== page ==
Scots academic probes Nazi links to Thalidomide
Like thousands of women, Steven Sinclair's mother took Thalidomide to ease morning sickness.
"She was suffering very badly with morning sickness," he said.
"They called the family doctor and he gave her three pills out of his bag. They didn't make much difference and she didn't bother asking for more.
"Three pills, and she's lived with the guilt all these years."
This weekend marks 50 years since Thalidomide was withdrawn from sale, 12 days after two doctors voiced suspicions that the drug was to blame for a spate of deformities.
In 1970, a trial of senior executives at the German drugs manufacturer Chemie Grünenthal was abandoned when the company agreed a compensation scheme.
Now one academic from Scotland is researching links between the drug and Nazi Germany - and carrying out investigations which could lead to new negligence claims.
Prof Ray Stokes is an expert in business history at the University of Glasgow, with a special interest in the chemical industry. He speaks fluent German.
For years, there have been rumours that Thalidomide was developed during the Second World War and tested on concentration camp inmates.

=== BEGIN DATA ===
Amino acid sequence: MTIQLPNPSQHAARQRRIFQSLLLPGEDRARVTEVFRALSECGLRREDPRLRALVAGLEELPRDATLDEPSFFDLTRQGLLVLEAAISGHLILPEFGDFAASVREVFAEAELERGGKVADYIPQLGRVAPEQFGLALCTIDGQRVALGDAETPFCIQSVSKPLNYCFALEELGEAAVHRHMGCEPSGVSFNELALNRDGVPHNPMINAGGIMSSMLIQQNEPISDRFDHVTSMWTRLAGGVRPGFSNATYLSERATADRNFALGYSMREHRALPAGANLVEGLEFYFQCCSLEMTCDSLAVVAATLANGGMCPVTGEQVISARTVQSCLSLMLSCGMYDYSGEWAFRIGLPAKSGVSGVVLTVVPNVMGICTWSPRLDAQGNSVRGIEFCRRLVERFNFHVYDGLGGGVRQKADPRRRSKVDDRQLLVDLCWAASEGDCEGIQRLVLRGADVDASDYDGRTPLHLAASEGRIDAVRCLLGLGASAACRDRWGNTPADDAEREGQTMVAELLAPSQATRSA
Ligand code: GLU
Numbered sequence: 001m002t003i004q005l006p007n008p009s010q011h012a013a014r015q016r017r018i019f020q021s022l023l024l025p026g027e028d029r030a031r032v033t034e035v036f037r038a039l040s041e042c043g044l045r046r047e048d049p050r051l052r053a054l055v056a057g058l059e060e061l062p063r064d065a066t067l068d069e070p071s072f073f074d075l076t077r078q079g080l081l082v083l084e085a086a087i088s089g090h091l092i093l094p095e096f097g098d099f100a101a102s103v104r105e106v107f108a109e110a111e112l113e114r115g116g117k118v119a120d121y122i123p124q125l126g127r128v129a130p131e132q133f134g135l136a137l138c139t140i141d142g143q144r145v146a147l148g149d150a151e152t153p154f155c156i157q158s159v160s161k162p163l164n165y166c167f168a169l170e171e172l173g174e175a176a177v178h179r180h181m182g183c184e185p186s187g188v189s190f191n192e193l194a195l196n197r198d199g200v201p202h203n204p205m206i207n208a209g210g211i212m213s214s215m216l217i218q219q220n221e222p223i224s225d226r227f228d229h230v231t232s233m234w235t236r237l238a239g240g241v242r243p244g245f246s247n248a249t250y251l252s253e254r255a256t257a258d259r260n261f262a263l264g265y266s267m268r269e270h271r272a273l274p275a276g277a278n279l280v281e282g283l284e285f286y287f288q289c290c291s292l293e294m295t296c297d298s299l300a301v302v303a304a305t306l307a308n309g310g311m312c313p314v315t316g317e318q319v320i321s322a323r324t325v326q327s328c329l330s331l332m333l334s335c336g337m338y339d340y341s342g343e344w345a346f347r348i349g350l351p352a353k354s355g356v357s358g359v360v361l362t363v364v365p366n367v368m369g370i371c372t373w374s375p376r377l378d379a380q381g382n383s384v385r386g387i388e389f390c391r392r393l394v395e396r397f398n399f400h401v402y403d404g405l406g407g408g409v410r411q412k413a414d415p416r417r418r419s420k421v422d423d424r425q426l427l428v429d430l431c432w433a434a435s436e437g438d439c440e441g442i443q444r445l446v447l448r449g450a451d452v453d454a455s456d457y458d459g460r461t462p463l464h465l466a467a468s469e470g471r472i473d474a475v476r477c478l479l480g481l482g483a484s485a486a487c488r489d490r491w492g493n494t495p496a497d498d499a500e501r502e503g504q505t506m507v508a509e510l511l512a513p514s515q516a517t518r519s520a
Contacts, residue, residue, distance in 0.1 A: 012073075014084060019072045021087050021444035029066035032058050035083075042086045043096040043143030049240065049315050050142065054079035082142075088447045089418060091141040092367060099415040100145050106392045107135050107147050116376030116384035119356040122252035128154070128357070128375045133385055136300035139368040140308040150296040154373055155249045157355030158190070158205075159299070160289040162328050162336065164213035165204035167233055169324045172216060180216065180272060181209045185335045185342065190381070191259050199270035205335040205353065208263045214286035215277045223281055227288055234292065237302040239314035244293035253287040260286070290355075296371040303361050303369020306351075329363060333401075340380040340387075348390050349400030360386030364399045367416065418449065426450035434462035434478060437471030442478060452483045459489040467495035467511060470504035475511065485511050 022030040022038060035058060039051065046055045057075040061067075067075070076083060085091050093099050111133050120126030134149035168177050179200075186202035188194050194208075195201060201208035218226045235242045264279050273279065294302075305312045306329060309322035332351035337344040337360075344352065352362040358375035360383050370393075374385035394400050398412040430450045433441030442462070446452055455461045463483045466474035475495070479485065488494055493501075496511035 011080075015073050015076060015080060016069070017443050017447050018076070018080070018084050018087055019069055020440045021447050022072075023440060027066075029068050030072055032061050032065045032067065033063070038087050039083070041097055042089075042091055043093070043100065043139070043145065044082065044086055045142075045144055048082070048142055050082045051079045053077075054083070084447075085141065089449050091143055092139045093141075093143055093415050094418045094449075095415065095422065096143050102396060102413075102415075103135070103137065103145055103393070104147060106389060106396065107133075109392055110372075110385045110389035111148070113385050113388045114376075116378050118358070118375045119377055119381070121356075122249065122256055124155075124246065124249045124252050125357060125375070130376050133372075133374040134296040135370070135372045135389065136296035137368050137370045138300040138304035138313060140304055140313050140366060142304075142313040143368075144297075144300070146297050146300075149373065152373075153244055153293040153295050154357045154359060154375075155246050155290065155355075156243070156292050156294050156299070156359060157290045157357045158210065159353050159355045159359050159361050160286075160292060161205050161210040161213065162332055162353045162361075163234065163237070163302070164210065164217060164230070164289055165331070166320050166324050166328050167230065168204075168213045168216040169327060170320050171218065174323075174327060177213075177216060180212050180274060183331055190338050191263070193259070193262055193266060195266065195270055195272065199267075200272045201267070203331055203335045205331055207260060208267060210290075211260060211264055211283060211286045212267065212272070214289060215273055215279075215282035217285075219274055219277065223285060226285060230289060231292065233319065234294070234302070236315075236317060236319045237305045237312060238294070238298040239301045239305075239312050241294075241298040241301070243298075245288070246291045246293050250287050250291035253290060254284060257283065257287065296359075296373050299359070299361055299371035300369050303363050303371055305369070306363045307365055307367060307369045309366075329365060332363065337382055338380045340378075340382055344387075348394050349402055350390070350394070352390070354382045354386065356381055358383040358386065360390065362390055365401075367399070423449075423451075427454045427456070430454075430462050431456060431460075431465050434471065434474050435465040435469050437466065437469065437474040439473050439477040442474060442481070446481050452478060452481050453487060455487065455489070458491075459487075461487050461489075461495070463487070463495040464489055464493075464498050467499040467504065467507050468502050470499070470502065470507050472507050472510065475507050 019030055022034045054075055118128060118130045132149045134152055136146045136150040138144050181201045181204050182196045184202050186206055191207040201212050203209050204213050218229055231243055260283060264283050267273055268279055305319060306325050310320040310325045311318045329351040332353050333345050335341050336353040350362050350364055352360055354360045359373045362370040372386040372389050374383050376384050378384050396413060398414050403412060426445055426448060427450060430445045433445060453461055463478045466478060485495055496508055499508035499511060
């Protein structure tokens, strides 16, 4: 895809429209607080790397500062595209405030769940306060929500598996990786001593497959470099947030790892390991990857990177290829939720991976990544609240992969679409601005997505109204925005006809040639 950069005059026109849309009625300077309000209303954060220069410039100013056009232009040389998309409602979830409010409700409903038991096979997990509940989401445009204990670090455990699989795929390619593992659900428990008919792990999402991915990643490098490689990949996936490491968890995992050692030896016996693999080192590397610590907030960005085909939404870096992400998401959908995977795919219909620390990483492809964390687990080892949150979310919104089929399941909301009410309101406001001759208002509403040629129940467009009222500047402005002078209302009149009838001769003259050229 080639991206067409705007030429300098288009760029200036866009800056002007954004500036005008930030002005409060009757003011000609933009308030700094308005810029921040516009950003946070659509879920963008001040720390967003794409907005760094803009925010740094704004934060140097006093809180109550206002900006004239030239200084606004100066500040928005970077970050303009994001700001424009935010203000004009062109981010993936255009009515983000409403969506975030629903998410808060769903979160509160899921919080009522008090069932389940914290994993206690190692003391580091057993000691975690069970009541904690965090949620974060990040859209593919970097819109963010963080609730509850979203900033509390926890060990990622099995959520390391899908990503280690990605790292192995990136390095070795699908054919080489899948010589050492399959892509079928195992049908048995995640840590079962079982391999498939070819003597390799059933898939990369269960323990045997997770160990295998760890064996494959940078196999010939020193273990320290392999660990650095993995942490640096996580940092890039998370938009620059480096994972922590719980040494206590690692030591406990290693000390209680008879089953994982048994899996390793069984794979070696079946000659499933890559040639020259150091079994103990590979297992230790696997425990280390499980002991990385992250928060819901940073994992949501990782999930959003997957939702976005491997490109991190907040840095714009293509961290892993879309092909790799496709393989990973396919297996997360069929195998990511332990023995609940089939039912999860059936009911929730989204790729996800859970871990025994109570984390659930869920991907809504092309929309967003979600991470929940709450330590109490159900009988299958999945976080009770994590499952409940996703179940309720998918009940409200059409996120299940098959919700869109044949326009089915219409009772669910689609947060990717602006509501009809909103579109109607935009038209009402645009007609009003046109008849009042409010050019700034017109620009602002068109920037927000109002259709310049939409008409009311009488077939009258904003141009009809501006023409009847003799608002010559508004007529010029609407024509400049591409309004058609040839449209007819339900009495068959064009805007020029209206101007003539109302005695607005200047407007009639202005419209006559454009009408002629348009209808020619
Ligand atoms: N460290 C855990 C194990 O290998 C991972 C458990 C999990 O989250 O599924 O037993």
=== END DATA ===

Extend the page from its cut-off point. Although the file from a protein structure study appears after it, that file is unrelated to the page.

Prof Stokes was asked to investigate this by the Thalidomide Trust.
"The Nazi period is of interest to establish a pattern of behaviour," said Prof Stokes.
"What we can establish is a background in the Nazi period of connections between Heinrich Mückter, one of the key scientists whose name is on the patent of the drug, and some other companies and other scientists who were involved in experiments on concentration camp inmates."
While any Nazi links may attract attention, it is another line of inquiry which has bigger implications. Professor Stokes is investigating how much Chemie Grünenthal knew about the drug before it was withdrawn.
"The claims that they make about this drug do not stand up to scrutiny," he said.
"They claim that they tested this drug only on mice but in the trial they say they lost all the results. If you look at the wording of the patent, it gives such a level of detail about the effects on human beings that it's implausible that they didn't know something about that."
Chemie Grünenthal, or "Grünenthal", as the company is now called, still makes medicines but now concentrates on pain management.
It said that it always acted responsibly in the development of Thalidomide and its actions were consistent with knowledge and standards in the 1950s, a fact which it says was confirmed by the court case in 1970.
It pointed out that the company was founded in the post-war period and said it was not relevant to the Thalidomide tragedy whether there were employees with a Nazi past.
The firm added that it condemned Nazi crimes and was actively campaigning against neo-Nazi activities in Germany.
And what of the drug itself?
After a catastrophic beginning, Thalidomide may actually prove its worth. It is being investigated as a potential new treatment for cancer - under strictly controlled conditions.